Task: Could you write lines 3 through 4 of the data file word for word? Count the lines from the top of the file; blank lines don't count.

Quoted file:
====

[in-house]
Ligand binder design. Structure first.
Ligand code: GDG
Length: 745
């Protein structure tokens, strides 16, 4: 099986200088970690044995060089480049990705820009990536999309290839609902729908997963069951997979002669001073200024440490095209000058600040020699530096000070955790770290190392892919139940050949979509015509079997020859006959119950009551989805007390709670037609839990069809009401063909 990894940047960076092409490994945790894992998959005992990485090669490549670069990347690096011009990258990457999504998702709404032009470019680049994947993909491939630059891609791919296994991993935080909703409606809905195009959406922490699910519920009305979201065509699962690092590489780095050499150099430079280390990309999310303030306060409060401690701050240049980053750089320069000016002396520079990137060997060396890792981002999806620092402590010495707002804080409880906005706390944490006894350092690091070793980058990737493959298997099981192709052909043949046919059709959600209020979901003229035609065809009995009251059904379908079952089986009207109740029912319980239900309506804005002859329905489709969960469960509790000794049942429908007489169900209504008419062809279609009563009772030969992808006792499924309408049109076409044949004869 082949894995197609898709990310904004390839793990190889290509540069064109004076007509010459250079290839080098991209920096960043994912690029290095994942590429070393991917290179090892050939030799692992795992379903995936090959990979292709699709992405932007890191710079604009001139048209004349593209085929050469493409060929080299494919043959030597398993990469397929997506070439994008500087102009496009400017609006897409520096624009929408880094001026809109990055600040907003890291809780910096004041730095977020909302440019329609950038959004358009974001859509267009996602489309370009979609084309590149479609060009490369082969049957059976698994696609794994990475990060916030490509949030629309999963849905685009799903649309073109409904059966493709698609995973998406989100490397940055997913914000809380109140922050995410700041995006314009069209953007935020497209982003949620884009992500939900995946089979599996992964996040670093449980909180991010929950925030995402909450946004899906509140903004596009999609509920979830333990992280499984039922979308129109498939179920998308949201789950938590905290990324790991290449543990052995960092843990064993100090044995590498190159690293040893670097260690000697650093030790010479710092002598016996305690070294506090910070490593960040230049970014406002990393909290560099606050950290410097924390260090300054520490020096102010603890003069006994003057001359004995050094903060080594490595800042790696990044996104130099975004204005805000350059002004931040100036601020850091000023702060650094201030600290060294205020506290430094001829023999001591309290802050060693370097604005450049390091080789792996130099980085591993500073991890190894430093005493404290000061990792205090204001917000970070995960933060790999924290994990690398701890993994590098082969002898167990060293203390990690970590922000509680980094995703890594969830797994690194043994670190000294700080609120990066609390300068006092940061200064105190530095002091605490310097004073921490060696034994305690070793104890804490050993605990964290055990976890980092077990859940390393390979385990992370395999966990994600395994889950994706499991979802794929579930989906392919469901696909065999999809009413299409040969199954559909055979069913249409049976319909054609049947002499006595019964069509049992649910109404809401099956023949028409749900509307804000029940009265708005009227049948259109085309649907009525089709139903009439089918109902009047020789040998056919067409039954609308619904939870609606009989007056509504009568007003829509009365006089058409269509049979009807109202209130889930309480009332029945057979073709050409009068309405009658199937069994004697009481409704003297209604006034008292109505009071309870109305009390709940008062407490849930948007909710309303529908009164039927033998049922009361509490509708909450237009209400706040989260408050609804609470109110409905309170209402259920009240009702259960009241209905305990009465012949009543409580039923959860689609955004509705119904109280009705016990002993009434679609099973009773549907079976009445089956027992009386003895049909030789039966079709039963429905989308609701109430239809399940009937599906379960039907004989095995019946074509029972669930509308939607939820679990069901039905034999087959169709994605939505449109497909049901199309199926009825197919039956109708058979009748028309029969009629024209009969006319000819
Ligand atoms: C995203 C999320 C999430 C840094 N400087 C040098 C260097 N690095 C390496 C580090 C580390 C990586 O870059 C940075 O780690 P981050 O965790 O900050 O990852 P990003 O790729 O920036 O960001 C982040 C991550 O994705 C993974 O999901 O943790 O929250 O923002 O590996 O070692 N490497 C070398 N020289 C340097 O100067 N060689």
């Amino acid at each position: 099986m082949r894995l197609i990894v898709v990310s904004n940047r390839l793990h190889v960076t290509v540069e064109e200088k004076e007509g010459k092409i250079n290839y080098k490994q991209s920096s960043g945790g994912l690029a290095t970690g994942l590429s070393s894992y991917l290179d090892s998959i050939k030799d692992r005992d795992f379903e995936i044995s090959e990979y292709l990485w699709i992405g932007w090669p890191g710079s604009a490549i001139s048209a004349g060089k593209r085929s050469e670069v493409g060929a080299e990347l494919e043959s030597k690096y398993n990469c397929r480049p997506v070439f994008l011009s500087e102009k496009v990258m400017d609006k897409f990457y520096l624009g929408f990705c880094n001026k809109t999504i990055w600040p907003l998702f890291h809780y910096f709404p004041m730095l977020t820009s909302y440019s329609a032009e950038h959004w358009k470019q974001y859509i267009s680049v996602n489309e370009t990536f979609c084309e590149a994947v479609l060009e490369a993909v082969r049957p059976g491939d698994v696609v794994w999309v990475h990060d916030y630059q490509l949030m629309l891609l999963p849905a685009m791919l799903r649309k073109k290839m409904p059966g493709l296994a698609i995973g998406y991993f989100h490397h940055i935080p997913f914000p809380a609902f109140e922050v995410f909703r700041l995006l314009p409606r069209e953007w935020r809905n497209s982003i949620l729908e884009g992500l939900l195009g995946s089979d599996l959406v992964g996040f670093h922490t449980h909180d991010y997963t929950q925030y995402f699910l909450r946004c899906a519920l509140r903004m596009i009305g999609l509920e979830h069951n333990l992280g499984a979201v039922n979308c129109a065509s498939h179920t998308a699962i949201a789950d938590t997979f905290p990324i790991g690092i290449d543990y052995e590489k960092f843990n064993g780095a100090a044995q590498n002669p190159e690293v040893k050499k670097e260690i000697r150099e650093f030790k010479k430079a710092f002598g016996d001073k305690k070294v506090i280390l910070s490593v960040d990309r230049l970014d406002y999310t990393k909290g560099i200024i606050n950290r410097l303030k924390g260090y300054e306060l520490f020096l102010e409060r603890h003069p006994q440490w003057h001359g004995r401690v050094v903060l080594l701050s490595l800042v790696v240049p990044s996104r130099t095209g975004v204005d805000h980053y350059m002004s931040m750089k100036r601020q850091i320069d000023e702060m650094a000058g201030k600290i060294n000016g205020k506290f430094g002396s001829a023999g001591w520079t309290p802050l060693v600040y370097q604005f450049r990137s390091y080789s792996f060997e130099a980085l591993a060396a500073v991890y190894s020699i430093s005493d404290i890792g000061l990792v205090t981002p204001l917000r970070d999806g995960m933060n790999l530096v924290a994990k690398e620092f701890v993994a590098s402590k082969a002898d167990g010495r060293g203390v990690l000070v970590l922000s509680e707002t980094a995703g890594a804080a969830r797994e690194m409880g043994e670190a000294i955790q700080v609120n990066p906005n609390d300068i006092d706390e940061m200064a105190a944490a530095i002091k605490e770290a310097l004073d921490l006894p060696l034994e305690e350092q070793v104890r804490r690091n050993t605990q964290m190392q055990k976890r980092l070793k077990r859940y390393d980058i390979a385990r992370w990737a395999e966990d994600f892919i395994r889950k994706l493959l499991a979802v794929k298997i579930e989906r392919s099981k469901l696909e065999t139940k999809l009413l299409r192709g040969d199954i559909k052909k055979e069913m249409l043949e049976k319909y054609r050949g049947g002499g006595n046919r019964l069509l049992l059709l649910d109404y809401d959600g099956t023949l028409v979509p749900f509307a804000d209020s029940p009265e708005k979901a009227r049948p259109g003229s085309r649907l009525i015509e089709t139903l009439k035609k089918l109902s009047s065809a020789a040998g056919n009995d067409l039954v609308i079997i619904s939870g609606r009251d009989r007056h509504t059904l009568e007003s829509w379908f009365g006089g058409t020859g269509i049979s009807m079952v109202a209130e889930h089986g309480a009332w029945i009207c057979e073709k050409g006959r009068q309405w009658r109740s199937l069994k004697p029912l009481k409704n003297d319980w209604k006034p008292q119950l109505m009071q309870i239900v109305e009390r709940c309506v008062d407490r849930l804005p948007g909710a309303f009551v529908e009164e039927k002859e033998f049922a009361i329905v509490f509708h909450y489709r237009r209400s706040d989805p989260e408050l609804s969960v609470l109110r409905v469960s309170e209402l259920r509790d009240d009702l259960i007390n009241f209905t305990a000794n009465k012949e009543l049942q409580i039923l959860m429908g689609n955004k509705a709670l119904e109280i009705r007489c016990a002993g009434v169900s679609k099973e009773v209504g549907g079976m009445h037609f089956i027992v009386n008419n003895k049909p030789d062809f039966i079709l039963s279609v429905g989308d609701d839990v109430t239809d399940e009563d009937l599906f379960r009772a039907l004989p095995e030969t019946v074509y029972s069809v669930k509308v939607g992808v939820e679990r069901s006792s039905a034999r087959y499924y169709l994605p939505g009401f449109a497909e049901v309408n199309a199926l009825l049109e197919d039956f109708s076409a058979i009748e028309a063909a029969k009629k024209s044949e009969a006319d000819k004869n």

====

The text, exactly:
Ligand code: GDG
Length: 745